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Bike at bedtime: Orbea Orca Aero M20 Team

With a new Orbea aero road bike spotted at the Vuelta, here's a look at the company's old, non-disc brake model

The spotting of a new Orbea aero road bike – possibly a new Orca Aero – being raced at the Vuelta a España got us thinking about the rest of the range from the Basque/Spanish brand, so here’s a quick look at the last Orca Aero that we reviewed.

If Orbea is indeed updating the Orca Aero, we hope that it holds on to all the good bits of the current model because there are plenty of those.

Orbea Orca Aero - seat tube junction.jpg

We reviewed the rim brake version of the Orbea Orca Aero M20 Team back in 2018 and found it to be a fast and great handling aerodynamic road bike with a surprising talent for smoothing out all but the roughest roads.

The handling is a high point, the Orca Aero feels planted at high speeds while being nimble when you want to have some fun, whether that's sprinting or weaving through a bendy country lane. 

Orbea Orca Aero - head tube.jpg

It's surefooted on the descents and easy to manoeuvre at high speed. The steering balance is good too – reasonably quick when you turn in through a corner or change direction, giving you good control at a range of speeds.

Unlike many other aero road bikes, the Orca Aero is also pretty comfortable, and you'll appreciate that the more the ride goes on.

Of course, aero road bikes are mainly about speed and the fact that the Orca Aero is so quick is largely down to the frame and fork design with the down tube, seat tube and fork blades all being made with deep profiles.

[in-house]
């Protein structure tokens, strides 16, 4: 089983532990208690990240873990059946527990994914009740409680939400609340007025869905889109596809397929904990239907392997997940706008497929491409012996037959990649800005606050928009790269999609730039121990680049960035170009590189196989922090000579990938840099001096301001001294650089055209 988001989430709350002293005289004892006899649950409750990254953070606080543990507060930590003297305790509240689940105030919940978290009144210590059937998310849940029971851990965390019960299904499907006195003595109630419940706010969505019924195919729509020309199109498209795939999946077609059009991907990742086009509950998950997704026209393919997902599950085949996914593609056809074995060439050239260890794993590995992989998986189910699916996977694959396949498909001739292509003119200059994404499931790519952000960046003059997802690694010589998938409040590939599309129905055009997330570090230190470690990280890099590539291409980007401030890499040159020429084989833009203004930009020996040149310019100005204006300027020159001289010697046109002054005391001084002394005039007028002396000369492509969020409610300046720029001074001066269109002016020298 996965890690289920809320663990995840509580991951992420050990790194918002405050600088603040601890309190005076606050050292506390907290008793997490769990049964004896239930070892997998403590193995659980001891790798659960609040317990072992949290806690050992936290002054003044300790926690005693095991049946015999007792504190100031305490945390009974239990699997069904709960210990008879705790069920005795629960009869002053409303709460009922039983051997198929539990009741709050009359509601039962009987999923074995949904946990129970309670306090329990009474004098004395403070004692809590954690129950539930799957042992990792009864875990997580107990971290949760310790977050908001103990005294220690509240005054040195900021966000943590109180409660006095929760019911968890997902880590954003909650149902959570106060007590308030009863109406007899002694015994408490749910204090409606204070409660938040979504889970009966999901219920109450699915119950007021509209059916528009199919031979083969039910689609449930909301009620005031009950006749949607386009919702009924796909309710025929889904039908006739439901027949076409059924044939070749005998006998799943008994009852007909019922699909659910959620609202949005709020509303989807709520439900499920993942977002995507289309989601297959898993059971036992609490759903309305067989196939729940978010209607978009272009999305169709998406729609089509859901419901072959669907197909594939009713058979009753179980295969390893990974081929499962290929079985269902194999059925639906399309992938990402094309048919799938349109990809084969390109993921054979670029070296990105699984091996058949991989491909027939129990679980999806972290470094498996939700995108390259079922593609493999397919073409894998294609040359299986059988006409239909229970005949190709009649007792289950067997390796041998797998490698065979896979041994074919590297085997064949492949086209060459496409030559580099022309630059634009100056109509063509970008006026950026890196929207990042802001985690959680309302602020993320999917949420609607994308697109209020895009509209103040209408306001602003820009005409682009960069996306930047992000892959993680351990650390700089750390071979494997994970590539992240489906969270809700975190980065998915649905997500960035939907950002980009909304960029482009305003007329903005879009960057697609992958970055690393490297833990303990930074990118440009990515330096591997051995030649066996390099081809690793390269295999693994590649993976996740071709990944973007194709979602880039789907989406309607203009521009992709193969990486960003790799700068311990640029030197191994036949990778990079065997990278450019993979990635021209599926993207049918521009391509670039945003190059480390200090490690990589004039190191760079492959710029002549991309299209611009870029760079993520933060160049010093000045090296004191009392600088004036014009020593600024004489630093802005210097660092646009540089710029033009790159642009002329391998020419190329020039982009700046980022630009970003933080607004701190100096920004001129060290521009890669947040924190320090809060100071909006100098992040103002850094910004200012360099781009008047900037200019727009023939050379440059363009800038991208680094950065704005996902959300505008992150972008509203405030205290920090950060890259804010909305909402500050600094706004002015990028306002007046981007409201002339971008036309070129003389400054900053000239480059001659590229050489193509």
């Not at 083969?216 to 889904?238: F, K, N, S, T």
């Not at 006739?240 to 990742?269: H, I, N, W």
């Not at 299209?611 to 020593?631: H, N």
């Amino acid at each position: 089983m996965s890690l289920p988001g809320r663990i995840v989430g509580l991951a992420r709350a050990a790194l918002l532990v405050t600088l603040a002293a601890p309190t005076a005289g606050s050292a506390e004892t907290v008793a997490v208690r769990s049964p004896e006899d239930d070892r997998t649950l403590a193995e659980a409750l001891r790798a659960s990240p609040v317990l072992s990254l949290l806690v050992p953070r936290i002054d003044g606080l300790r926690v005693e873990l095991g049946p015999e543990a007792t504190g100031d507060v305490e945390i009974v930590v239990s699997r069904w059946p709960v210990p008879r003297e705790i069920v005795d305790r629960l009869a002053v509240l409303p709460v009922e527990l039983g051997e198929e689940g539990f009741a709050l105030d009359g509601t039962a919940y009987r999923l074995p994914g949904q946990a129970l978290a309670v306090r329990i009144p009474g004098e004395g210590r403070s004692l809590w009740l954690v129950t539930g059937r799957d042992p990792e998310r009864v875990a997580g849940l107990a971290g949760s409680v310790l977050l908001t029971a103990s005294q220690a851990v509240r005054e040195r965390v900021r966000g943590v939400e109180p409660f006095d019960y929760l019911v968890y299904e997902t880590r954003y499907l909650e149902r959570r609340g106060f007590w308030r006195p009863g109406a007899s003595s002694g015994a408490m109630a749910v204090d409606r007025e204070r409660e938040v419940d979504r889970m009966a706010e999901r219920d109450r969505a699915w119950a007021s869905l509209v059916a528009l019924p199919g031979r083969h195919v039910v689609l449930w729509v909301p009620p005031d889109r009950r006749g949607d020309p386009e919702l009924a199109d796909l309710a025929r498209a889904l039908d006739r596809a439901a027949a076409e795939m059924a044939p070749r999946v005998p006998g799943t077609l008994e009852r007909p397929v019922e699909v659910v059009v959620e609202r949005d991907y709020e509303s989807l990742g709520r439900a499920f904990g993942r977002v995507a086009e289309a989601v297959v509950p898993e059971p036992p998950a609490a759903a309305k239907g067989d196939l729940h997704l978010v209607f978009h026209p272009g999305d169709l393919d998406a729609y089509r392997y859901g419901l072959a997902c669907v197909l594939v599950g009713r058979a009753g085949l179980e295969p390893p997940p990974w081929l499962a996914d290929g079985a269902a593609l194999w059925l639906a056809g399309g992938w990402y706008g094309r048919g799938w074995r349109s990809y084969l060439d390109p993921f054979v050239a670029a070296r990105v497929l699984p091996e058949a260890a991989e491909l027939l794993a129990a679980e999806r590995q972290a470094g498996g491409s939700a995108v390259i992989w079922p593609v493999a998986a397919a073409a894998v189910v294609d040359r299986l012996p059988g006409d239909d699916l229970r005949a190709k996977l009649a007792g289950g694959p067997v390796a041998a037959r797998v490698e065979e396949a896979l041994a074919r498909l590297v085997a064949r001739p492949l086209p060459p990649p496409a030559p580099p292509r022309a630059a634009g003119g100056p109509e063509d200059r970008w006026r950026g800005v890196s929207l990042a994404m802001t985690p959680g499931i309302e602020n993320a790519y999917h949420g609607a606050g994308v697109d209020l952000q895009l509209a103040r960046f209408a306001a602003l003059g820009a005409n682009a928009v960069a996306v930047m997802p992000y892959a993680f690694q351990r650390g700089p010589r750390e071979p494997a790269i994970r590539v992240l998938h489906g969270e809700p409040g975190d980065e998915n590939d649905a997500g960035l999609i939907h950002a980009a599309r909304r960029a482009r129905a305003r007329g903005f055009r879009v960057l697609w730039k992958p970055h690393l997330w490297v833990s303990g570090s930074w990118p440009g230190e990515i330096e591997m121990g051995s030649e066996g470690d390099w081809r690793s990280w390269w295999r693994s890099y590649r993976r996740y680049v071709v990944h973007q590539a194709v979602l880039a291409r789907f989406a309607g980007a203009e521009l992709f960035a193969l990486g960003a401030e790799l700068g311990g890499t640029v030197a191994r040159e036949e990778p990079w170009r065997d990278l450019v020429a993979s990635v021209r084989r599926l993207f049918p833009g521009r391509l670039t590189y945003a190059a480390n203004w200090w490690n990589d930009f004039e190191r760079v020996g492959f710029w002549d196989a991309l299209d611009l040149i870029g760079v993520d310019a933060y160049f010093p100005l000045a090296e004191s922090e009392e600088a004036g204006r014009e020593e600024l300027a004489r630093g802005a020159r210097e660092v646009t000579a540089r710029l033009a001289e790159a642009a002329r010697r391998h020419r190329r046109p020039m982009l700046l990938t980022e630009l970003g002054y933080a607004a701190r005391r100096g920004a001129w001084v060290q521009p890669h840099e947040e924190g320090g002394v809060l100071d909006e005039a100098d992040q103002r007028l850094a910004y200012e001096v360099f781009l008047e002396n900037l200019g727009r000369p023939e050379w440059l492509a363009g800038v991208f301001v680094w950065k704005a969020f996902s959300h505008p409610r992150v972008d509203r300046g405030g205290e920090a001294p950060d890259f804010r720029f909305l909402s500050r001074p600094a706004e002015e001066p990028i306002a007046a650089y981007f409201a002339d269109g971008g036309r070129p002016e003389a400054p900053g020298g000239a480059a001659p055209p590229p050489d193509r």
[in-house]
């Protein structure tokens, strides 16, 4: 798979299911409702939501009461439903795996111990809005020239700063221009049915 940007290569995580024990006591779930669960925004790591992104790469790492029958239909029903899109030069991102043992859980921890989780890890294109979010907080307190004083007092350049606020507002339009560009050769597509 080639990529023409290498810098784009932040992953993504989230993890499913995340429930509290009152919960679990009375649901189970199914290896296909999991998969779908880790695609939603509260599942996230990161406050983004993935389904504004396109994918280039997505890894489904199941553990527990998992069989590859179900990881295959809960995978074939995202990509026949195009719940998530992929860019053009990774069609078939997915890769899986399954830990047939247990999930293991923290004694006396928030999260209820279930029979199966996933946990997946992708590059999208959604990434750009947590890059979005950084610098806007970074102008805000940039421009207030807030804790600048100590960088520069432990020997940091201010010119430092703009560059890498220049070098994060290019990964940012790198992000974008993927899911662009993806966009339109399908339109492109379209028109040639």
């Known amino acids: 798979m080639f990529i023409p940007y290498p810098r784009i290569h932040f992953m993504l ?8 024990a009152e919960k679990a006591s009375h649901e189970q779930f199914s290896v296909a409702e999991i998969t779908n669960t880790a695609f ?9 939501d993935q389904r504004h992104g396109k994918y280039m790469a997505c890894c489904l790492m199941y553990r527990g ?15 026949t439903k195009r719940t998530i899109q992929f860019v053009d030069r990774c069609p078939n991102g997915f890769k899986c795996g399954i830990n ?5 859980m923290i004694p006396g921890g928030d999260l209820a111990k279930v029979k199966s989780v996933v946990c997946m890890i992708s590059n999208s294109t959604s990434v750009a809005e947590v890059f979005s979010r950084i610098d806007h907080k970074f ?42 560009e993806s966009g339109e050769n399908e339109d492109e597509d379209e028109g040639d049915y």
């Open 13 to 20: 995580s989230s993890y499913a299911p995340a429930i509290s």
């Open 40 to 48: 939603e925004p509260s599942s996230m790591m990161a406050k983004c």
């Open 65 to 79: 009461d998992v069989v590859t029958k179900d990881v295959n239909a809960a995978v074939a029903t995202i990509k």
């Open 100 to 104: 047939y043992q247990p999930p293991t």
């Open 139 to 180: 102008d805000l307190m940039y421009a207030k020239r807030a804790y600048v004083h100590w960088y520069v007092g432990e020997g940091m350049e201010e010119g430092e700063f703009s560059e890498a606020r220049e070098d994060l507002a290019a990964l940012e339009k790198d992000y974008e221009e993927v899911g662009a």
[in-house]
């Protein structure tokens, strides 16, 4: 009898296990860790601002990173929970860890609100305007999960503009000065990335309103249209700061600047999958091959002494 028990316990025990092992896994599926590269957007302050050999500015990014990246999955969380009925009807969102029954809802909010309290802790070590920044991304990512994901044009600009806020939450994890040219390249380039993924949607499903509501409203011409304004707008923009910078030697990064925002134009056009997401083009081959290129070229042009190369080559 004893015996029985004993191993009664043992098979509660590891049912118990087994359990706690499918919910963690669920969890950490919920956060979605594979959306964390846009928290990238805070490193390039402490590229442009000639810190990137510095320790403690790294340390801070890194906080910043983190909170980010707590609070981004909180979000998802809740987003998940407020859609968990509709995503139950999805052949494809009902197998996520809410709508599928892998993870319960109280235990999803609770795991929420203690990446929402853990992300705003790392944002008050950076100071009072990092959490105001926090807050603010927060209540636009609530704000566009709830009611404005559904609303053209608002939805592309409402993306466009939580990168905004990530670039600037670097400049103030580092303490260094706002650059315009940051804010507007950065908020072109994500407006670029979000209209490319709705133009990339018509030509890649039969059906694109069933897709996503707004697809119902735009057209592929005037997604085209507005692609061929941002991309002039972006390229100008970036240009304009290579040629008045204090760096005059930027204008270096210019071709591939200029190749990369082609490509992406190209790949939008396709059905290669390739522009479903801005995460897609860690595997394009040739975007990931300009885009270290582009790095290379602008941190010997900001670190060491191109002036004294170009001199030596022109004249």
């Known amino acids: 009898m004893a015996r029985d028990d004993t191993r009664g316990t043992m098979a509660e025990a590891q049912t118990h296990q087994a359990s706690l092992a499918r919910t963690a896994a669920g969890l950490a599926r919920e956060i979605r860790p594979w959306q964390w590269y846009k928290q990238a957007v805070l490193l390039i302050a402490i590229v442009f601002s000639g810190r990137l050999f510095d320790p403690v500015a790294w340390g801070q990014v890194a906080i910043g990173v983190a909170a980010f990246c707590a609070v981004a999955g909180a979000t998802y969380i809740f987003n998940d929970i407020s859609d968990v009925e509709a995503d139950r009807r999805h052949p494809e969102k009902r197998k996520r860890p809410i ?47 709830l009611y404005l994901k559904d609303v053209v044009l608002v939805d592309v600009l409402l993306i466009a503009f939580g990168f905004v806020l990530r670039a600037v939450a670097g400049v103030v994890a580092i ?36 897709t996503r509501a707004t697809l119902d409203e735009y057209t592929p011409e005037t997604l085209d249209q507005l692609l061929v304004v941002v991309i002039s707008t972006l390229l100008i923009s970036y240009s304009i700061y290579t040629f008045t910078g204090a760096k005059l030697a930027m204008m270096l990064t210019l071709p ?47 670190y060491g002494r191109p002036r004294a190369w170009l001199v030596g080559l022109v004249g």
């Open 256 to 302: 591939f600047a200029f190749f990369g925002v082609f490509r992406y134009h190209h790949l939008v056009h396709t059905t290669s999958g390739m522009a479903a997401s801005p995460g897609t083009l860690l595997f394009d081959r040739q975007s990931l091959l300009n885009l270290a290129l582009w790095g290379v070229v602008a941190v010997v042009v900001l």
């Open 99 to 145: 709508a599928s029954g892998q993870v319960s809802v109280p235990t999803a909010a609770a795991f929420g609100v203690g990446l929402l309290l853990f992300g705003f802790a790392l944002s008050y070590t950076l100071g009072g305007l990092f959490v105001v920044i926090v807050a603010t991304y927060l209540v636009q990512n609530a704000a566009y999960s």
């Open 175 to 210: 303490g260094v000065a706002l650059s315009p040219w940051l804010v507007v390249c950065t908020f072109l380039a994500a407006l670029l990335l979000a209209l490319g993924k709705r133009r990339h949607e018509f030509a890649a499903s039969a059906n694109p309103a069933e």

Orbea Orca Aero - fork.jpg

The down tube also has two options for bottle cage position, the lower one offering a greater aero advantage but only being useable if you forgo a bottle cage on the seat tube. 

The existing Orca Aero has cables and hoses that run externally between the handlebars and the point where they enter the top of the down tube and fork leg. If the bike we’ve seen at the Vuelta is a new Orca Aero, that’s about to change with the cables/hoses fully internal. That would bring this model into line with most other mid and high-end road bikes that have been released over recent years.

Orbea Orca Aero - drivetrain.jpg

As well as putting in a top performance, the existing Orca Aero is an extremely good looking bike, and the company's MyO online app allows you to customise the finish.

Assuming it is an Orca Aero that we’ve seen being raced in Spain, it’ll be interesting to hear the claims that Orbea makes. All the new bike’s tube profiles are deeper than previously so we can be pretty sure that Orbea has chased greater aero efficiency here.

The company gave the standard version of its Orca an aero makeover a couple of years ago so it’s almost certain that the engineers will have been busy with CFD (computational fluid dynamics) and wind tunnel testing to make the Aero version even more slippery.

Orbea had worked on new tube shapes, but “without compromising its featherweight agility” while giving a wider stance to the legs of the Freeflow fork, and dropping the seatstays. 

Unusually for a bike of this kind, the Orca OMX has enough clearance for 32mm-wide tyres, although that might be deemed excessive for a full-on aero bike.

How long will we have to wait to find out about Orbea’s new bike? We simply don’t know although any bike that’s being raced at the highest level is almost certain to be officially launched very soon afterwards. Seeing as we’re in mid-August now and a winter launch would be extremely unusual, we’d say we’re looking at weeks rather than months.

Mat has been in cycling media since 1996, on titles including BikeRadar, Total Bike, Total Mountain Bike, What Mountain Bike and Mountain Biking UK, and he has been editor of 220 Triathlon and Cycling Plus. Mat has been technical editor for over a decade, testing bikes, fettling the latest kit, and trying out the most up-to-the-minute clothing. We send him off around the world to get all the news from launches and shows too. He has won his category in Ironman UK 70.3 and finished on the podium in both marathons he has run. Mat is a Cambridge graduate who did a post-grad in magazine journalism, and he is a winner of the Cycling Media Award for Specialist Online Writer. Now over 50, he's riding road and gravel bikes most days for fun and fitness rather than training for competitions.

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